The Hunchback of Notre Dame
The great Lon Chaney starred in the first feature movie version of Victor Hugo’s novel in 1925, building on the success of his Phantom Of The Opera (1923), As with Phantom, Chaney did all his own makeup in this story of the tortured soul working as a bell ringer in a lavish film set in medieval Paris, who falls in love with a gypsy dancing girl (Ruth Miller), and is then publicly whipped on a turntable. The original version runs over 90 minutes; beware of edited versions as short as 68 minutes.
The Hunchback of Notre Dame (1939)
This second version stars Charles Laughton, and was his favorite, most personal film. Though the public didn’t know it, Laughton was a homosexual, which the studio kept secret. He had always felt somewhat of an outcast himself, and loved the script of 15th century outcast Quasimodo, the misshapen bell-ringer kept hidden from the public who falls in love with a young gypsy accused of being a witch. When the public finds out, they storm the cathedral in classic Hollywood fashion. The huge multi-story cathedral was constructed on a set just for this film. Movie debut of Maureen O’Hara (as his girl Esmeralda) and of Edmond O’Brien. Many consider this the best version ever made, Universal’s first major “monster movie” after it changed hands in 1935 and started specializing in musicals. Nominated for best sound and best score. Sir Cedric Hardwicke plays the villainous Frollo, with Walter Hampden as the ArchBishop. 115 minutes.
The Hunchback of Notre Dame (1957)
This version, filmed entirely in France, portrays Quasimodo (Anthony Quinn) as a Mongoloid slobbering mumbling idiot; with sex-kitten Gina Lollobrigida as Esmeralda. Plodding film tries for art and misses scope and flavor of Hugo’s story. Rarely scheduled on TV anymore for obvious reasons. 104 minutes, rated PG
The Hunchback of Notre Dame (1976)
BBC-TV version stars Warren Clark, with Michelle Newell as Esmeralda and Kenneth Haigh as Frollo, the ArchDeacon
The Hunchback of Notre Dame (1982)
American-TV version stars (pre-Hannibal) Anthony Hopkins as the famous hunchback with surprising warmth. The detailed Notre Dame cathedral was built on Pinewood Studios (London) backlot by production designer John Stoll. Originally seen on TV under traditional full title. John Gielgud, Lesley-Anne Down, David Suchet (TV’s Hercule Poirot), Derek Jacobi. 150 minutes, color, rated PG. VHS video version is 102 minutes.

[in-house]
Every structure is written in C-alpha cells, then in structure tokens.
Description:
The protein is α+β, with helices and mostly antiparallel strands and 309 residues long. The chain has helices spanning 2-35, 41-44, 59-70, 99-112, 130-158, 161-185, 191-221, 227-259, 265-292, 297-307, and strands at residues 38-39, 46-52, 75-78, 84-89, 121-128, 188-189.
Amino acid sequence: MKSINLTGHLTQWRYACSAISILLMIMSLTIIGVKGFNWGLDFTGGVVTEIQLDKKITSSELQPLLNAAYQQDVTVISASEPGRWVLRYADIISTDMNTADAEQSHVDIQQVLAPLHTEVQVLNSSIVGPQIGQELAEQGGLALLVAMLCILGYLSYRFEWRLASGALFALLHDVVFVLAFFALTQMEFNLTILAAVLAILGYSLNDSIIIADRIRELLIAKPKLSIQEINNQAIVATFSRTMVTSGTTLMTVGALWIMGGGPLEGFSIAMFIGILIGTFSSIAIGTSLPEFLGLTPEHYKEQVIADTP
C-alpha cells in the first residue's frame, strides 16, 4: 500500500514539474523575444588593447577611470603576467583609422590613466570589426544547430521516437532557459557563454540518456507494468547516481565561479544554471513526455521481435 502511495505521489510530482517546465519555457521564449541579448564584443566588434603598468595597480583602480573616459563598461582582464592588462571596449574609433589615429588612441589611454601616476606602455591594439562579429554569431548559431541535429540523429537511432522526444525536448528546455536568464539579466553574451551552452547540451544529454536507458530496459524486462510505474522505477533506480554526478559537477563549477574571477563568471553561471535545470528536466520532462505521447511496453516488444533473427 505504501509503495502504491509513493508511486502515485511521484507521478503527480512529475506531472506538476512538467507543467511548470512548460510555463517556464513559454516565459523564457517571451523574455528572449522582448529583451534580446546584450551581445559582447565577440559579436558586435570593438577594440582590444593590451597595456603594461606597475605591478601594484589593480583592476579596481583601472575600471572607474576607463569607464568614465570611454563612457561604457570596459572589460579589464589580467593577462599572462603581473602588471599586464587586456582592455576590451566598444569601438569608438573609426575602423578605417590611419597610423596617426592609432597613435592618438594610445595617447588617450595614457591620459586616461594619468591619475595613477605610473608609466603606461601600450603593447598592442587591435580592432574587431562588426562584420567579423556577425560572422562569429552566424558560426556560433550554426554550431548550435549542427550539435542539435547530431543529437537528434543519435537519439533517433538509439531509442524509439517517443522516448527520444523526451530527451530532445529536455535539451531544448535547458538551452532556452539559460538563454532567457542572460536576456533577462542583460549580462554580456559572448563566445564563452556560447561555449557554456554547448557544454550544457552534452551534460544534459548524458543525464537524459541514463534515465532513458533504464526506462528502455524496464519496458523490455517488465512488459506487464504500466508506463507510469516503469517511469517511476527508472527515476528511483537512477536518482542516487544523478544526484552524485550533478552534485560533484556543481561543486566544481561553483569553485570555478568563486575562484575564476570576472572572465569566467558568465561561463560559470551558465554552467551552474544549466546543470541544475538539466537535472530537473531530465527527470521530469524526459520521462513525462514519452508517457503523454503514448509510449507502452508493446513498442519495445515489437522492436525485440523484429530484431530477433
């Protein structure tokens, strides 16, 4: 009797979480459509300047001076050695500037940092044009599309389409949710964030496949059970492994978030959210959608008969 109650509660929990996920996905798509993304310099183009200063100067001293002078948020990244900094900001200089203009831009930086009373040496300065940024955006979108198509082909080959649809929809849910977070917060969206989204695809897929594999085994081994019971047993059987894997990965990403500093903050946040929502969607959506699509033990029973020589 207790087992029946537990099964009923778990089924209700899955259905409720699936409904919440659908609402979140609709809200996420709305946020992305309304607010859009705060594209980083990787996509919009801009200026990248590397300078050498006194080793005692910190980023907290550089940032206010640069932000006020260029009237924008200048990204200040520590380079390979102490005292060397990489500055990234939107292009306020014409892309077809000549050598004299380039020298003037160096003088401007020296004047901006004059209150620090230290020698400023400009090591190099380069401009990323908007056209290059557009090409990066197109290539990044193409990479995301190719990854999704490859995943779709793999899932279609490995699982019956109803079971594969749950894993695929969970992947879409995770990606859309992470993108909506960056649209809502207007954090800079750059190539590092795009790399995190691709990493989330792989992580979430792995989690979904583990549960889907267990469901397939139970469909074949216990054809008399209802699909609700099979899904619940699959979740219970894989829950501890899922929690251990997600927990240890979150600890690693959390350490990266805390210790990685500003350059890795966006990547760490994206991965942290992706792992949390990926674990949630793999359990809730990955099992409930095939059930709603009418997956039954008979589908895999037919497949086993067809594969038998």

The Hunchback of Notre Dame (1996)
This Disney-animated version (songs by Menken & Schwartz, who also did Disney’s Pocahontas) added three live gargoyles to the story for Quasimodo to talk to (Jason Alexander, Charles Kimbrough and Mary Wickes, who died just 6 weeks later). Tom Hulce is the voice of the pathetic, deformed bell-ringer, and Demi Moore (The 7th Sign, G.I. Jane, The Scarlet Letter) as Esmeralda. Music works well within story but there wasn’t a single hit song as with other Disney fantasies. Jane Withers, David Ogden Stiers, Kevin Kline (Fierce Creatures) 85 minutes rated G.
The Hunchback of Notre Dame (1997)
Cable-TV remake stars Mandy Patinkin as Quasimodo and Salma Hayek, with Richard Harris as the cold cleric Frollo, who secretly lusts for her himself. 98 minutes, unrated
The Hunchback of the Morgue(1972, aka The Rue Morgue Massacres, made in Spain)
Low-budget mixture of a mad scientist story and Edgar Allen Poe’s “Murders In The Rue Morgue,” with a hunchbacked Frankenstein and R-rated gore. Sequel: Dracula’s Great Love. 90 minutes
The Hunchback of UCLA(1989, aka Big Man On Campus)
Allan Katz (Children Of The Corn 2, Tales From The Crypt: Bordello Of Blood) wrote and stars as a primitive wild-man living in the bell tower of a Los Angeles university. He falls in love with a pretty co-ed but is captured by the psychology department. Professor Tom Skerritt (The Devil’s Rain) and tutor Gerrit Graham (Child’s Play 2, Phantom Of The Paradise) try to assimilate him into the educational system. Second half of movie is better, though that’s not saying much. Cindy Williams (American Graffiti), Jessica Harper (Phantom of the Paradise, Suspiria), Corey Parker, Melora Hardin. Rated PG-13. Leonard Maltin gives it no stars. No relation to “Dr. Frankenstein On Campus” (1970)
The Hunchback also co-stars in past Monstervision feature Mad Monster Party
© Bill Laidlaw. All Rights Reserved. That's my 2½¢ worth